Table 3: The information of specimens.
Figure 4: Restrain configuration of specimens (a) C4NN, (b) E4NN (E6NN), (c) E4AN, (d) E4SN (E4MN) , and (e) E4SS.
3.2. Comparison of the Test and Numerical Results

In order to verify the efficiency and accuracy of the numerical models, comparison between the experimental and numerical results is shown in Figures 5 and 6 and Table 4.

Table 4: Comparison of the experimental and numerical field capacity.
Figure 5: Experimental and simulative failure modes: (a) C4NN, (b) E6NN, (c) E4AN, and (d) E4MN.
Figure 6: Experimental and numerical load-displacement curves for (a) C4NN, (b) E4NN, (c) E4AN, and (d) E4MN.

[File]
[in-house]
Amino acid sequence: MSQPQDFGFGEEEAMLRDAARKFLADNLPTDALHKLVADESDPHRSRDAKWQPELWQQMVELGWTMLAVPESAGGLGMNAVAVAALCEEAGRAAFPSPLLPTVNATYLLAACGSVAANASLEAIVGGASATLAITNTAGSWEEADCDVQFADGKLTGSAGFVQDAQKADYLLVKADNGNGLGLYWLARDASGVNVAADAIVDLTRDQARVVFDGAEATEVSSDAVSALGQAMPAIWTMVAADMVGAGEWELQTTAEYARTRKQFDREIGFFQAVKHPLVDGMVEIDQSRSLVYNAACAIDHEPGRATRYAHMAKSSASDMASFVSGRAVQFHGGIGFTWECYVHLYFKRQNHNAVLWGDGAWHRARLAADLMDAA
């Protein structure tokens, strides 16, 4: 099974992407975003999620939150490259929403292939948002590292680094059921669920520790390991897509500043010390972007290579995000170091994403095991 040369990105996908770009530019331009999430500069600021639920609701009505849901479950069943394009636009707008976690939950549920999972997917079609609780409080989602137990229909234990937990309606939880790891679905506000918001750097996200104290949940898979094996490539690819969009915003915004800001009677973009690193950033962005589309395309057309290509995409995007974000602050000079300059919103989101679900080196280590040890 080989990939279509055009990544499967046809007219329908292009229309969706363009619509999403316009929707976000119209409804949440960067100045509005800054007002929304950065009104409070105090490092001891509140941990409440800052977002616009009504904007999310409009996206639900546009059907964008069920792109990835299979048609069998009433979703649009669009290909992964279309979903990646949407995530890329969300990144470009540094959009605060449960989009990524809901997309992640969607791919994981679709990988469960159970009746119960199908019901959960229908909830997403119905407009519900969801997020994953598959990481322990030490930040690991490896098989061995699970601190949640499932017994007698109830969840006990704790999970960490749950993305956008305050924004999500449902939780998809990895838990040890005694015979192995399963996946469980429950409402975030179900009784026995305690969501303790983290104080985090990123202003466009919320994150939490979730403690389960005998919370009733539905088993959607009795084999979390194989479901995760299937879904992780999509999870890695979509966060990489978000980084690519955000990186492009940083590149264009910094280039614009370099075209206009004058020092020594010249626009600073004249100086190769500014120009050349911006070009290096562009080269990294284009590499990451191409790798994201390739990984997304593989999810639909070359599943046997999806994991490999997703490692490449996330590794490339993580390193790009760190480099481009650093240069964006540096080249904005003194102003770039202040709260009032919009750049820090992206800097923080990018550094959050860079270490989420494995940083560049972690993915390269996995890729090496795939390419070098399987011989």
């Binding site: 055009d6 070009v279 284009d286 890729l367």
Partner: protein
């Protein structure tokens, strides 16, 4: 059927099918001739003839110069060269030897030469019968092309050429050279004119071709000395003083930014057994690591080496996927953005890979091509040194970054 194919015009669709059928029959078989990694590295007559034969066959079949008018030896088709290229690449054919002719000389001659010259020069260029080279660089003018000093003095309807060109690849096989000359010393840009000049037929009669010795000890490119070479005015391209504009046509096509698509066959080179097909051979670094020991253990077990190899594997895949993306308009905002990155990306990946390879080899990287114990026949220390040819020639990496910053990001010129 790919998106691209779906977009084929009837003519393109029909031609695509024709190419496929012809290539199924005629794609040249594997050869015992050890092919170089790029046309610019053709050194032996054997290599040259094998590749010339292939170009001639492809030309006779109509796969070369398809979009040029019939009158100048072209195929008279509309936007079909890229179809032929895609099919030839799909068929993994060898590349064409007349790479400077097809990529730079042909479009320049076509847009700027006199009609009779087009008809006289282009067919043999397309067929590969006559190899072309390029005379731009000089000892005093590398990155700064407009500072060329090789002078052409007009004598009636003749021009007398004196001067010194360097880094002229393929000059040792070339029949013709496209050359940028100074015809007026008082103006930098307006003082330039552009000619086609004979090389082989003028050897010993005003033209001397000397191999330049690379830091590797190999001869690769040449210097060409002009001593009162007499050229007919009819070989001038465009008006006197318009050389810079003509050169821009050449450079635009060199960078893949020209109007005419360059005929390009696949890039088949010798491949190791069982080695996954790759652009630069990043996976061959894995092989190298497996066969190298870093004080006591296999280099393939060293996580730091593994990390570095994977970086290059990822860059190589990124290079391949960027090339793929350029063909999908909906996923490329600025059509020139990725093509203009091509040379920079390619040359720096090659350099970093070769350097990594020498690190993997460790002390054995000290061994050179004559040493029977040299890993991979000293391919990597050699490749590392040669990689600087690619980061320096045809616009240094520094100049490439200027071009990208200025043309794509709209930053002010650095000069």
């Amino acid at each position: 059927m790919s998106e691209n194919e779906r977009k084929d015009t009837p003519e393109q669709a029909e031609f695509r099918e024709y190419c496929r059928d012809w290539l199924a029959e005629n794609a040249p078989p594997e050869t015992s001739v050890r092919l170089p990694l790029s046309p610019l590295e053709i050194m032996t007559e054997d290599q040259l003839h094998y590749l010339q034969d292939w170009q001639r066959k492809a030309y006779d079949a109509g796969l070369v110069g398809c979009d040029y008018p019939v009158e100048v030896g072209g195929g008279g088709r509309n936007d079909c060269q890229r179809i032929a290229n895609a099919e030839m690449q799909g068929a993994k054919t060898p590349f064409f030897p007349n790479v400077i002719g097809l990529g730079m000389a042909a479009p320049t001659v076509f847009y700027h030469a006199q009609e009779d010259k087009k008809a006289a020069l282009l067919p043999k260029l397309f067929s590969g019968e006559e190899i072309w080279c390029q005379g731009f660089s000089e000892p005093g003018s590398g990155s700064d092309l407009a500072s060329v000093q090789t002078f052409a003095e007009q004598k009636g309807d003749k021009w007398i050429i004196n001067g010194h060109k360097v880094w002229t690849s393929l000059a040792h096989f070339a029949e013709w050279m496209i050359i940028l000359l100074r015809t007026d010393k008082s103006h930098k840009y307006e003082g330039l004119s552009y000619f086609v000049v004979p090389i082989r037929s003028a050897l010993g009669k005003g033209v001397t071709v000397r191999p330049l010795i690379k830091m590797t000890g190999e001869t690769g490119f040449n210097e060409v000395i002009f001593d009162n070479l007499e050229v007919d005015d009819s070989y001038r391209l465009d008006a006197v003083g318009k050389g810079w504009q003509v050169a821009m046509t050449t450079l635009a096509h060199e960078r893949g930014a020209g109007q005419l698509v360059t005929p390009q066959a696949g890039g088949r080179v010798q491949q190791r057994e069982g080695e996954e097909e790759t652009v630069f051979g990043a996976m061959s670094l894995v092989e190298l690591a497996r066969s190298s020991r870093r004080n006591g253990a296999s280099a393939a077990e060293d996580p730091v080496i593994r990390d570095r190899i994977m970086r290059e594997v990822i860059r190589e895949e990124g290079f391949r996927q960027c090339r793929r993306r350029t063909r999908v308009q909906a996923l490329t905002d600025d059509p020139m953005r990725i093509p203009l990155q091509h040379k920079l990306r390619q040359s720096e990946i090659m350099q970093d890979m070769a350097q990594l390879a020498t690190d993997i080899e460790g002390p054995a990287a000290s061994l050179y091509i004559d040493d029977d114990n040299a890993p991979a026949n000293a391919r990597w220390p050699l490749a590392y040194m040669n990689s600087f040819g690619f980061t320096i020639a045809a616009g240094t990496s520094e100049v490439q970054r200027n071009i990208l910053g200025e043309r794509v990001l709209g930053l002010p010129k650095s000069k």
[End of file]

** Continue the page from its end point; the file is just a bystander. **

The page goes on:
It is shown in Figure 5 that the failure modes derived from the numerical study agree with those observed in the experimental study. There is no significant buckling at the beginning of loading; then the steel plates buckles outwards in lateral direction as the increase of compressive loading; the steel plates finally fails due to lateral buckling as a result of the rapid degradation of stiffness. When the bolted steel plates are under concentric compression, the whole horizontal middle section buckles outwards with a uniform buckling deformation in both the experimental study and the numerical simulation, as shown in Figure 5(a). On the other hand, when the bolted steel plates are under eccentric compression, local buckling only occurs on the compressive edge of the horizontal middle section, as shown in Figure 5(b). When the bolt spacing on the compressive edge is halved, the local buckling shifts upwards (or downwards) to one of the two spans, as shown in Figure 5(c). And if a longitudinal stiffener is employed, the local buckling shifts from the compressive edge to the centre of the horizontal middle section, as shown in Figure 5(d).